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The following code gives an error.

class Base { }
class Sub extends Base { }

class Writer[-T] {
  def write(t: T) { }
}

object AmbImplicits {

  implicit object BaseWriter extends Writer[Base]
  implicit object SubWriter extends Writer[Sub]

  def foo[T](t: T)(implicit ev: Writer[T]) {
    println(s"foo $t $ev")
  }

  def main(args: Array[String]) {
    val base = new Base
    val sub = new Sub
    foo(base)
    foo(sub)
  }

}

The error:

/Workspace/AmbImplicits.scala:24: error: ambiguous implicit values:
both object SubWriter in object AmbImplicits of type AmbImplicits.SubWriter.type
and object BaseWriter in object AmbImplicits of type AmbImplicits.BaseWriter.type
match expected type Writer[Sub]
    foo(sub)
       ^

In my real code it is not so simple to explicitly pass the implicit parameter. Is there way to tell it to always prefer SubWriter over BaseWriter, because the former is more specific? Without manually passing it like foo(sub)(SubWriter)?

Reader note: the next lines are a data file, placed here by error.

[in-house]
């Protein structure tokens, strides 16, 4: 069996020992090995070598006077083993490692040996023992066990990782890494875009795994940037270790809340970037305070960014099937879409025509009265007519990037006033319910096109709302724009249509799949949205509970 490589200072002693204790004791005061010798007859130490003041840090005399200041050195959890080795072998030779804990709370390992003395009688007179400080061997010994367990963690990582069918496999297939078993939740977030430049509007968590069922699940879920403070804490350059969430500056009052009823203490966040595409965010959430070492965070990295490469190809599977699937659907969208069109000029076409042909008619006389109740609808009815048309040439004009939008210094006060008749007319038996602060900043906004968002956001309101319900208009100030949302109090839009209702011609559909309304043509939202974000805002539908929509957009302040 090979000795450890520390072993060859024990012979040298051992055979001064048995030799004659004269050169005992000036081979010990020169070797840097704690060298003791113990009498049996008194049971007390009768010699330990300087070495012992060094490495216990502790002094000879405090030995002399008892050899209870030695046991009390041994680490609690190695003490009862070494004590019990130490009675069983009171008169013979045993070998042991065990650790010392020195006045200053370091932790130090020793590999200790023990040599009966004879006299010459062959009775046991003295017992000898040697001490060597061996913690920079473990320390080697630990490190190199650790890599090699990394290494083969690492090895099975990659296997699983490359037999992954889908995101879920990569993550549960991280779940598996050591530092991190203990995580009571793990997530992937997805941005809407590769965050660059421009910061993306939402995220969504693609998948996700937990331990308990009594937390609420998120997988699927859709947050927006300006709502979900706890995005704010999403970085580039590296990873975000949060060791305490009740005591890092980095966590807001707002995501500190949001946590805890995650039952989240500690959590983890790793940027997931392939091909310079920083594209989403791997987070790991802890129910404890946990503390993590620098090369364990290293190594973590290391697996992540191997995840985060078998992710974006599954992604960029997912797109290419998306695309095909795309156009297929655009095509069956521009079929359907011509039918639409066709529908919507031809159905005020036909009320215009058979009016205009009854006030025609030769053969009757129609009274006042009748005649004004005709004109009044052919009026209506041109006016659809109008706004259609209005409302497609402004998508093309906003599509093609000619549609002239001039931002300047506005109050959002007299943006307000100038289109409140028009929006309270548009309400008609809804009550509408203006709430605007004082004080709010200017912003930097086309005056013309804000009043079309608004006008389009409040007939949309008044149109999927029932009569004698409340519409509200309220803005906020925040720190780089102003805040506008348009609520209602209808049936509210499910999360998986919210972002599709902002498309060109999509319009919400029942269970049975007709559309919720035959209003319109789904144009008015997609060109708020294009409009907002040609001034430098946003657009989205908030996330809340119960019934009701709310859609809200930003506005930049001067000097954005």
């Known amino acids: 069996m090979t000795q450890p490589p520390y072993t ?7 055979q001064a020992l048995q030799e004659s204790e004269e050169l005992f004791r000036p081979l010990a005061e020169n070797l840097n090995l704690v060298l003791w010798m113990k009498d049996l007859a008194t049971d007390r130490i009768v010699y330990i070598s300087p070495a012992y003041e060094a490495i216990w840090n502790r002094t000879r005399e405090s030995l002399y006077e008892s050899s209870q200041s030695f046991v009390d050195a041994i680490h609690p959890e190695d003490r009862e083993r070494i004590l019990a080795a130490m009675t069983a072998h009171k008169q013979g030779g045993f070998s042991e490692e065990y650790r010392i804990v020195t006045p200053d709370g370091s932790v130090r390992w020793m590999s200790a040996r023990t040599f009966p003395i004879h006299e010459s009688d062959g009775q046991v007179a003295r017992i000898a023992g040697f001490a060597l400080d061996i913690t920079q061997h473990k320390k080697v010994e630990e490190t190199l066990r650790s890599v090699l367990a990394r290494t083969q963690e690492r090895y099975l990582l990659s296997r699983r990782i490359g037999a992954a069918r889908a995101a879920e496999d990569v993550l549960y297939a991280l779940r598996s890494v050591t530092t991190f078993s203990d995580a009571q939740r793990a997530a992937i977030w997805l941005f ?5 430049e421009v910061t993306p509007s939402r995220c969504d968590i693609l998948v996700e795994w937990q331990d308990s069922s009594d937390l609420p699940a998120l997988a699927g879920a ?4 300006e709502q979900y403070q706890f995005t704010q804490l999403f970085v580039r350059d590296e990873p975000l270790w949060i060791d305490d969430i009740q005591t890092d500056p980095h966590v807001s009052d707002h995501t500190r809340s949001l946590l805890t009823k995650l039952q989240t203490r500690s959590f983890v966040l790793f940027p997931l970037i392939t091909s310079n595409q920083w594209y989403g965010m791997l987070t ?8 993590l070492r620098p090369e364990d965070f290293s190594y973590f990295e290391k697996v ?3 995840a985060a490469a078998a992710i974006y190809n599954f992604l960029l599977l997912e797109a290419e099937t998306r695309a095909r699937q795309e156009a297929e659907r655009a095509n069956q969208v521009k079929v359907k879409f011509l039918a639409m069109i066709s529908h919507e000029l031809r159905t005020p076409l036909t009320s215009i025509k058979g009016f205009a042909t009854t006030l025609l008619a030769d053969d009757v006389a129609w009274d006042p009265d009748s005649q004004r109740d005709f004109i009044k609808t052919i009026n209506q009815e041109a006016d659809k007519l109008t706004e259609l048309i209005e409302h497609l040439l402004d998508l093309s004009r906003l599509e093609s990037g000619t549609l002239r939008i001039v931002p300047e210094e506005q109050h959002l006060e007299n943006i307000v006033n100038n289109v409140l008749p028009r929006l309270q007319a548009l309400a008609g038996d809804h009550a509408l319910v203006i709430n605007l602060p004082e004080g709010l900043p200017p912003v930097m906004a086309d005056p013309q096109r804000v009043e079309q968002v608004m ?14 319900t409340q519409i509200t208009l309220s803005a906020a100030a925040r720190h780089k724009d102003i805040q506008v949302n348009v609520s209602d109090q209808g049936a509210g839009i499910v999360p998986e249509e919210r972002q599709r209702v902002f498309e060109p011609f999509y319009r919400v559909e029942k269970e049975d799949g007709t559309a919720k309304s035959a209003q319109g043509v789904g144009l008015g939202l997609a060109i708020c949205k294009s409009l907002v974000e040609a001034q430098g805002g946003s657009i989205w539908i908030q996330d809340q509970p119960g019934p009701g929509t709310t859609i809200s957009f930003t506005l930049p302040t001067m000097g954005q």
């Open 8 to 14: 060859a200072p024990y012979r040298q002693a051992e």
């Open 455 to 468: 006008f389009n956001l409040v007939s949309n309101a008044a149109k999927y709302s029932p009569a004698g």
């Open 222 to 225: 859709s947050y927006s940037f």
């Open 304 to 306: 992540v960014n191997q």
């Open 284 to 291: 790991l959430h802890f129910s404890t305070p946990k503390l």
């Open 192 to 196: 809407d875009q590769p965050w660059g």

share|improve this question
up vote 3 down vote accepted

If you can't do what Shadowlands suggests due to Base and Sub being Java types, you can just reduce the priority of the BaseWriter implicit by moving it up the inheritance chain:

trait LowPriorityImplicits { implicit object BaseWriter extends Writer[Base] }

object AmbImplicits extends LowPriorityImplicits {
  implicit object SubWriter extends Writer[Sub]

  def foo[T](t: T)(implicit ev: Writer[T]) {
    println(s"foo $t $ev")
  }

  def main(args: Array[String]) {
    val base = new Base
    val sub = new Sub
    foo(base)
    foo(sub)
  }
}
share|improve this answer

If you are able to, put the implicits in companion objects for each type derived from Base, rather than in the object with the foo method:

class Base { }
object Base { implicit object BaseWriter extends Writer[Base] }
class Sub extends Base { }
object Sub { implicit object SubWriter extends Writer[Sub] }

object NotAmbImplicits {

  def foo[T](t: T)(implicit ev: Writer[T]) {
    println(s"foo $t $ev")
  }

  def main(args: Array[String]) {
    val base = new Base
    val sub = new Sub
    foo(base)
    foo(sub)
  }

}

The compiler will look in the companion object for a given T passed to foo to see if it can use an implicit from there.

share|improve this answer
    
In reality the Base and Sub types are defined in Java. But I may be able to port them. Either way, this is helpful and I'll mark this as an answer at point, if I don't learn another way. – Rob N Nov 14 '13 at 13:00

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